Can you explain charity care?

Charity care in general is free or discounted care provided to low-income people who qualify for financial assistance.

The Virginia Department of Health, through the Certificate of Public Need program, can require hospitals and other providers to do charity care as a condition of having a project approved.

For instance, HCA’s John Randolph Medical Center was approved in July 2013 to add 16 psychiatric beds. As a condition of approval, the hospital had to agree to do charity care valued at 3.6 percent of all inpatient psychiatric services. Hospitals can do more charity care than required, or in lieu of charity care, they can make in-kind or cash donations to safety-net providers such as free clinics.

The most recent charity care report available from the state Health Department’s Office of Licensure and Certification is for 2012. It shows reports submitted on 217 projects, and all were compliant with provisions. Of the total, 120 met the requirements by providing care (valued at $1.2 billion), and 97 were compliant by donations (valued at $32.2 million).

Virginia Health Information, a private nonprofit agency with a contract to collect, analyze and report on Virginia health facilities, includes charity care information in its annual hospital Industry Report. Key elements of the report are online at Charity care is listed in the revenue column — but is counted as contra revenue and subtracted from revenue.

For the most recent year available, fiscal 2012, charity care dollar amounts vary by facility.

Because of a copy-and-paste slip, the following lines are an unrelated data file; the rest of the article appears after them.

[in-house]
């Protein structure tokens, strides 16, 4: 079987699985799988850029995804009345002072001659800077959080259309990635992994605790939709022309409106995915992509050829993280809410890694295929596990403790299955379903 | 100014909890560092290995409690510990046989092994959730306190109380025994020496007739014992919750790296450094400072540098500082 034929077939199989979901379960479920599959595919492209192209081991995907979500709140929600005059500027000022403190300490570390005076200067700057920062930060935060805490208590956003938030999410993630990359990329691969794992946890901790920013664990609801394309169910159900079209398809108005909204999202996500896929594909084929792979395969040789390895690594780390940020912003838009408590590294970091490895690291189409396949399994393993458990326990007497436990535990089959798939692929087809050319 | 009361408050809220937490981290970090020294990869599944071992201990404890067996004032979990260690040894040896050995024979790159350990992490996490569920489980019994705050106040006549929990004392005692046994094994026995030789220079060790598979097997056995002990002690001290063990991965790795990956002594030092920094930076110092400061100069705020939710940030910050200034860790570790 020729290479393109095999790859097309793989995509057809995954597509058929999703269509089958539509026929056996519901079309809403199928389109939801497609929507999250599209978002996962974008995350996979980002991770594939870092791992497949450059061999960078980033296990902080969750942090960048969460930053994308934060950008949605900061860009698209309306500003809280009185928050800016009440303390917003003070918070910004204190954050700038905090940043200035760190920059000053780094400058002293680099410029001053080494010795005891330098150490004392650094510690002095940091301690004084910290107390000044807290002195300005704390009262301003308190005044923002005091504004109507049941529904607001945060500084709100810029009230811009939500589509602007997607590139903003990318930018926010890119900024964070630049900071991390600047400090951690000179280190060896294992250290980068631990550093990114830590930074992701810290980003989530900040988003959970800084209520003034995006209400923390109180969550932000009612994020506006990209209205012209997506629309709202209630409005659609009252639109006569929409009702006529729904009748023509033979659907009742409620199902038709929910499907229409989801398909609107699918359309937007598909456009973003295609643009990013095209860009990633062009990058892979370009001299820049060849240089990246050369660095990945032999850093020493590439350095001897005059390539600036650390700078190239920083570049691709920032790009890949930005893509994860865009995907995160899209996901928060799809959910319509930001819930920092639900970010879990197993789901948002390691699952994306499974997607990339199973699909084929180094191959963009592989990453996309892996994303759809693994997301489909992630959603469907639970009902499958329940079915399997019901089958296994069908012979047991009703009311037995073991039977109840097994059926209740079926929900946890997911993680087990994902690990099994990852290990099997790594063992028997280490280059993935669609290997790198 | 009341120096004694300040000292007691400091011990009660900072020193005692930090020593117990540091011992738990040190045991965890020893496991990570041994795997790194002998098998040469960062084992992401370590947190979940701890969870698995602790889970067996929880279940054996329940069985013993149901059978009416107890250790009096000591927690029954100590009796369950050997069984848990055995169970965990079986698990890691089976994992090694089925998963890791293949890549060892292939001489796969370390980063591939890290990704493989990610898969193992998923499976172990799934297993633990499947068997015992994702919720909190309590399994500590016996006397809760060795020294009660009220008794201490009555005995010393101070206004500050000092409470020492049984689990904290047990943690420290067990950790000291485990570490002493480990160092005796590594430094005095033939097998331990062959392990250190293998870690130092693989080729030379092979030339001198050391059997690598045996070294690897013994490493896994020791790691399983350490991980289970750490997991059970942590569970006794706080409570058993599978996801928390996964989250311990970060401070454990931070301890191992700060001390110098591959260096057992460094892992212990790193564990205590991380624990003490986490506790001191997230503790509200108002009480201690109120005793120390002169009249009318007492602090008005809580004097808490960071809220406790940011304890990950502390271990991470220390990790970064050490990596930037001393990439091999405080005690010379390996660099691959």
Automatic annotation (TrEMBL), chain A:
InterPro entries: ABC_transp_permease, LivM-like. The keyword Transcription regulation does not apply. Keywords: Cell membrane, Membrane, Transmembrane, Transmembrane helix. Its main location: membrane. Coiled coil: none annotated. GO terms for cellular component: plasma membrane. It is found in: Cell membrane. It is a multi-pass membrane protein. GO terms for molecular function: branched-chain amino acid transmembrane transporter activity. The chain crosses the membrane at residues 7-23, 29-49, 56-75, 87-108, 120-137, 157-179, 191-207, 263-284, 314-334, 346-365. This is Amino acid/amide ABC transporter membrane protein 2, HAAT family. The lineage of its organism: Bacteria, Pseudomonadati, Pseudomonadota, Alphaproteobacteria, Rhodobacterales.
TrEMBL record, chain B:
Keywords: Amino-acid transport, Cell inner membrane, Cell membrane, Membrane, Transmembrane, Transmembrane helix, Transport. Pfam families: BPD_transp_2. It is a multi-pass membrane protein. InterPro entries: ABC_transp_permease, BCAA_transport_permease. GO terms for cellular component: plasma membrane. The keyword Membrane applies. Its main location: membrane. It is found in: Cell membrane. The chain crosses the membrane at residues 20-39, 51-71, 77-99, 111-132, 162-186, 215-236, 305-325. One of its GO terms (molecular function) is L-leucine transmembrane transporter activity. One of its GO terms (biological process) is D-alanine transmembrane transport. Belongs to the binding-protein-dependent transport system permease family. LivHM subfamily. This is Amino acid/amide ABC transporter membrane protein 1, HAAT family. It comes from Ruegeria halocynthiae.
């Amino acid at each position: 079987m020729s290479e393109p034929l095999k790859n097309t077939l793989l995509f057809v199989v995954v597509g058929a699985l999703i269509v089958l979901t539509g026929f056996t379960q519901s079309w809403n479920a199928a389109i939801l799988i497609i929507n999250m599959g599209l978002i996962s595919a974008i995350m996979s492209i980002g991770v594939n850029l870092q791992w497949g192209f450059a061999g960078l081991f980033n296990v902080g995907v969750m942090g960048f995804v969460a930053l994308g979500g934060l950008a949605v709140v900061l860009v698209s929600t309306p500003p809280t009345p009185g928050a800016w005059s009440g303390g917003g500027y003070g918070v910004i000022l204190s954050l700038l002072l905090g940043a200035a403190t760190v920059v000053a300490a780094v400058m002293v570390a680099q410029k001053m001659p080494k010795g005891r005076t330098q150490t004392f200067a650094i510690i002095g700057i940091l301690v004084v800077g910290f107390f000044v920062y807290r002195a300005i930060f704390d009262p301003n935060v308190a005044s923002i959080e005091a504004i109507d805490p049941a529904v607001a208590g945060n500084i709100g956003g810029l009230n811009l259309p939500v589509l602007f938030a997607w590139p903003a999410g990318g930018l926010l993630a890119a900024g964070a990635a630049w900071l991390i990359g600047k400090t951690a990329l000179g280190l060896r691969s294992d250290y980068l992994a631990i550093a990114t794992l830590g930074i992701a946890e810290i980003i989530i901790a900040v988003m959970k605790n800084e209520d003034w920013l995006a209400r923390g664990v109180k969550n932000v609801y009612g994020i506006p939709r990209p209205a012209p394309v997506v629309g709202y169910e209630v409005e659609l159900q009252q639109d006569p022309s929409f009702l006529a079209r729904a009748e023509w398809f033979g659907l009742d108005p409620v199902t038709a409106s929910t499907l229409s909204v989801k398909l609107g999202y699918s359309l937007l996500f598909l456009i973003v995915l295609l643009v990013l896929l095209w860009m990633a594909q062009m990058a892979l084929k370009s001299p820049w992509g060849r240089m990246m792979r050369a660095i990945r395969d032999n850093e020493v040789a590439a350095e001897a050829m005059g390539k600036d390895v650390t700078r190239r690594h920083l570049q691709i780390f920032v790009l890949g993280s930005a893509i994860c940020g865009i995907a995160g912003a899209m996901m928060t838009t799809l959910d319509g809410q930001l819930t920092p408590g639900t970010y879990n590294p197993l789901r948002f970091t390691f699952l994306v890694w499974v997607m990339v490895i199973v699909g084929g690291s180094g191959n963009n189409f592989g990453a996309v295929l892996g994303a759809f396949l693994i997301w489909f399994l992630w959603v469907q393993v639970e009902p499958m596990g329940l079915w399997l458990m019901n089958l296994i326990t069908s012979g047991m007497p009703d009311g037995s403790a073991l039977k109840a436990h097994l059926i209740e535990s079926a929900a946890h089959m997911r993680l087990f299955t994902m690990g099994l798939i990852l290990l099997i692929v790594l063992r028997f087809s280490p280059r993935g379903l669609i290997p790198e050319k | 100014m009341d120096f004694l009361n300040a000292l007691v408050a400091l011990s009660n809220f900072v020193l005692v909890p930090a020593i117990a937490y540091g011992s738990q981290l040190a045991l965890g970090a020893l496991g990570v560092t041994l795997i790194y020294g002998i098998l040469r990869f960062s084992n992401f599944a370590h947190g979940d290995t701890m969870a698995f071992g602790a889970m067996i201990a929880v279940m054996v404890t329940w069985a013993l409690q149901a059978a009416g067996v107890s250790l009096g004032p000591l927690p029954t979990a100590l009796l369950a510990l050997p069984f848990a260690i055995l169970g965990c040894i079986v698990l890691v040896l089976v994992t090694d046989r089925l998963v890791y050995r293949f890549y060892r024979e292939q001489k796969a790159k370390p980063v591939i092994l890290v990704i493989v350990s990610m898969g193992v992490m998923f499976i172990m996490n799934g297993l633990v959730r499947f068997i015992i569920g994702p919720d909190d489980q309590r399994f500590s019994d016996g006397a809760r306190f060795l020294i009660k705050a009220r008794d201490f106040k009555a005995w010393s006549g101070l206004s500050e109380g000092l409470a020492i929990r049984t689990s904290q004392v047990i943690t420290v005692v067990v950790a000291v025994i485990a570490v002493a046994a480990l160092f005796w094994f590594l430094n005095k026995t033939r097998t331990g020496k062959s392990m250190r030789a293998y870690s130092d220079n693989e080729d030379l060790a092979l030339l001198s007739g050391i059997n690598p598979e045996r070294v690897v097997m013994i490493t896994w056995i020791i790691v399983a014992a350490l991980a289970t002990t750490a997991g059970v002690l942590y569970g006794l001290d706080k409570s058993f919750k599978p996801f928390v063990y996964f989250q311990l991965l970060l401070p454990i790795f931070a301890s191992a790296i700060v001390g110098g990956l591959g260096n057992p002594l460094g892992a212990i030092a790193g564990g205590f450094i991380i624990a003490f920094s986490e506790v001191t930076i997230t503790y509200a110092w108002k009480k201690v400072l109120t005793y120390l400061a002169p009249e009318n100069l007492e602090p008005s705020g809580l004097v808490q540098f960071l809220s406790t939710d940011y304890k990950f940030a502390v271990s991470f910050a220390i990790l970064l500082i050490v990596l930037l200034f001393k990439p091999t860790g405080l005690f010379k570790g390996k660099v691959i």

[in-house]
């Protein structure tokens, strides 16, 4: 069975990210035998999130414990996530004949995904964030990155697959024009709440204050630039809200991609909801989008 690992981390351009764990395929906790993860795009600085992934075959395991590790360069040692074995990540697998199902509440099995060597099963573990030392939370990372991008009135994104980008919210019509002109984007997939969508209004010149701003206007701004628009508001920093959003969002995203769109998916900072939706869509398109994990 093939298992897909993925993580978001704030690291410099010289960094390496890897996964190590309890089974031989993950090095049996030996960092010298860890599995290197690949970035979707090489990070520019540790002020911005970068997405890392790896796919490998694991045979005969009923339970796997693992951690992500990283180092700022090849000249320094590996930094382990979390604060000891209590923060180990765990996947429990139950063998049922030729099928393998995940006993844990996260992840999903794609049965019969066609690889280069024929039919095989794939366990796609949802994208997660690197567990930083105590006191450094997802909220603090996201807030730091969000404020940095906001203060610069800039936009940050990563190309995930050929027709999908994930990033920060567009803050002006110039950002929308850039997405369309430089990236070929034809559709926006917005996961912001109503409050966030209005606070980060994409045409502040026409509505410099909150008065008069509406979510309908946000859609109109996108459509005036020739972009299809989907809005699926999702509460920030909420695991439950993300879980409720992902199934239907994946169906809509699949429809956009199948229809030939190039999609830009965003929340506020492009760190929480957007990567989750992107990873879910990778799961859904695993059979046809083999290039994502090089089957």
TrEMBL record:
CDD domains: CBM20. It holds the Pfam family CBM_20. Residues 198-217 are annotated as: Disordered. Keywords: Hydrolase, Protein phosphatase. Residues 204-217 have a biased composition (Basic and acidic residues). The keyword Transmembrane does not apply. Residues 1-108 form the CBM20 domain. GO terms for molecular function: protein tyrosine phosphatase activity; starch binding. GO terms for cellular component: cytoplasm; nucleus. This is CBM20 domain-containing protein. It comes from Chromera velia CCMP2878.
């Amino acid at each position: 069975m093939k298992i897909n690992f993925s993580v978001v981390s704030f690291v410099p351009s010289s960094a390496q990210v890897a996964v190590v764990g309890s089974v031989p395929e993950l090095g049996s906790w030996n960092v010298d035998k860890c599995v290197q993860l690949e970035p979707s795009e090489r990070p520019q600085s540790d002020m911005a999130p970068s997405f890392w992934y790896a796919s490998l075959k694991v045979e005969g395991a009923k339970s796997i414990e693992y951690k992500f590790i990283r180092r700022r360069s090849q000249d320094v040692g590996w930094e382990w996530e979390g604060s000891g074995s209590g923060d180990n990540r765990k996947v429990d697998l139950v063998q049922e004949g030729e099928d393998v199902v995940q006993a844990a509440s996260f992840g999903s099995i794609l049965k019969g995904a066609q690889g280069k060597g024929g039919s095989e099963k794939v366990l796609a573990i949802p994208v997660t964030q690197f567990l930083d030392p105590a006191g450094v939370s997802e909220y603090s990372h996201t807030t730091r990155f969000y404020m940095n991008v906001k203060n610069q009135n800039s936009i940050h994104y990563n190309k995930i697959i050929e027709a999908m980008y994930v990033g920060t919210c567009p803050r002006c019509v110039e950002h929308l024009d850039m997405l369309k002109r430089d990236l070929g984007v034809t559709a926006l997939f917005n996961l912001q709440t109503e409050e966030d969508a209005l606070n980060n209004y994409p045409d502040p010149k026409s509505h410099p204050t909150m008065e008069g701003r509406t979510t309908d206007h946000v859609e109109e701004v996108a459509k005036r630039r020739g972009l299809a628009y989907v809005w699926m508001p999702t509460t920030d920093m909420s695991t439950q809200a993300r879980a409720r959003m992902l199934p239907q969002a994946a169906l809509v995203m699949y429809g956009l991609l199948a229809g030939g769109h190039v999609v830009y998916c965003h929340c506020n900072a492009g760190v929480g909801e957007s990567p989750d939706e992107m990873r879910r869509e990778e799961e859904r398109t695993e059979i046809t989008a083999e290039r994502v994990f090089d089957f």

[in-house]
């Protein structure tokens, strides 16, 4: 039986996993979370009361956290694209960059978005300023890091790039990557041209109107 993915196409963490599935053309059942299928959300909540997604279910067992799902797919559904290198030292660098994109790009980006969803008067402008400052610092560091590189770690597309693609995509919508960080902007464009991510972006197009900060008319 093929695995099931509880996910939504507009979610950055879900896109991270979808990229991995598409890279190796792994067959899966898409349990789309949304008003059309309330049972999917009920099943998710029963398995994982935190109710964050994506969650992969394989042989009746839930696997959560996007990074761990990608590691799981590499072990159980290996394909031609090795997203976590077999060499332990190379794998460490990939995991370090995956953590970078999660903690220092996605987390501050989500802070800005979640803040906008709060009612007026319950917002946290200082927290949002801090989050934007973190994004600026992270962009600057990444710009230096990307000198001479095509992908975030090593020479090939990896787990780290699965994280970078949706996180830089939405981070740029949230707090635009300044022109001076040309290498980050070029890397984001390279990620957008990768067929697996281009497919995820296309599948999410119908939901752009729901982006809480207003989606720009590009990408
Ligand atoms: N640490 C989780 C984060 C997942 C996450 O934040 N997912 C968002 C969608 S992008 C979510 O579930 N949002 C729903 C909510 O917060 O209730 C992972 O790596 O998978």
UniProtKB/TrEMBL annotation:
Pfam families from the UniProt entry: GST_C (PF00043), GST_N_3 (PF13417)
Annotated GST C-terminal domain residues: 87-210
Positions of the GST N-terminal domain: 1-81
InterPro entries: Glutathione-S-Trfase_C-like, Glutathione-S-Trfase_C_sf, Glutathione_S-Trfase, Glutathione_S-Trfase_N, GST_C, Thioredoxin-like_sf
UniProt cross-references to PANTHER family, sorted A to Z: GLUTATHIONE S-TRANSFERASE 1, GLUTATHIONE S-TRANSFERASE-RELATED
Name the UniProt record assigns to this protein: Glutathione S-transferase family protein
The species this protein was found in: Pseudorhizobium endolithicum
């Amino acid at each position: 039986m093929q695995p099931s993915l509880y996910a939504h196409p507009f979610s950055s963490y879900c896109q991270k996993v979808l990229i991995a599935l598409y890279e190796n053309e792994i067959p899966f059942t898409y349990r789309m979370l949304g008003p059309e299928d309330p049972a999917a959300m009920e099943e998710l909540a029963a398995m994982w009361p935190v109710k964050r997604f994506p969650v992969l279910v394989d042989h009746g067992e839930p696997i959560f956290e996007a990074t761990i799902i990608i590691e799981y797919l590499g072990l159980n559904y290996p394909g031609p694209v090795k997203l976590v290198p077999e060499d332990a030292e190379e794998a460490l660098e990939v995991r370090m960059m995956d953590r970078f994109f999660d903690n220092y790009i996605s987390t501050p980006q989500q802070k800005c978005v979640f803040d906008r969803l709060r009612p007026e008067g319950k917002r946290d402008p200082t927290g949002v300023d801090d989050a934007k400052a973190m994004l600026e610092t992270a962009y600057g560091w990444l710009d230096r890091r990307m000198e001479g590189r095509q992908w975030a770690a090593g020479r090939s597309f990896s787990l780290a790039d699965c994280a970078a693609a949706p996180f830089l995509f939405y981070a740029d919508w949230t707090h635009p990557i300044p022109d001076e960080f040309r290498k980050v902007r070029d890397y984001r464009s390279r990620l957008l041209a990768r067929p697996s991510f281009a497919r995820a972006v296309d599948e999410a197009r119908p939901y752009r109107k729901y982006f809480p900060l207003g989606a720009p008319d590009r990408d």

For instance, VCU Health System provided $271 million in charity care, and the University of Virginia provided $179 million. The Richmond-area Bon Secours and HCA hospitals collectively provided more than $250 million.

Those figures reflect the total values of charity care provided after subtracting disproportionate share dollars the medical centers receive for treating a lot of uninsured people. Those disproportionate share dollars are in jeopardy. The Affordable Care Act assumed states would expand Medicaid, so there would be less need to supplement hospitals because people would have insurance. Because Virginia has not expanded Medicaid, that leaves a large uninsured population, but those dollars might be reduced.

Nonprofit and for-profit hospitals differ in the amount of charity care they provide. For-profits pay taxes, while nonprofits do not and are expected to offer some community benefit to compensate for tax-exempt status.

Individuals facing large medical bills, or who have delayed medical treatment because they can’t afford it, can contact hospital financial screening offices to see if they qualify for charity care.

Many local safety-net providers — free clinics and community health centers — partner with Access Now, a Richmond Academy of Medicine program that screens people who need specialist care, including surgery, imaging and outpatient procedures, but cannot afford it. Access Now arranges for those people to get care at participating providers, who are able to count that care as part of their charity care obligation.

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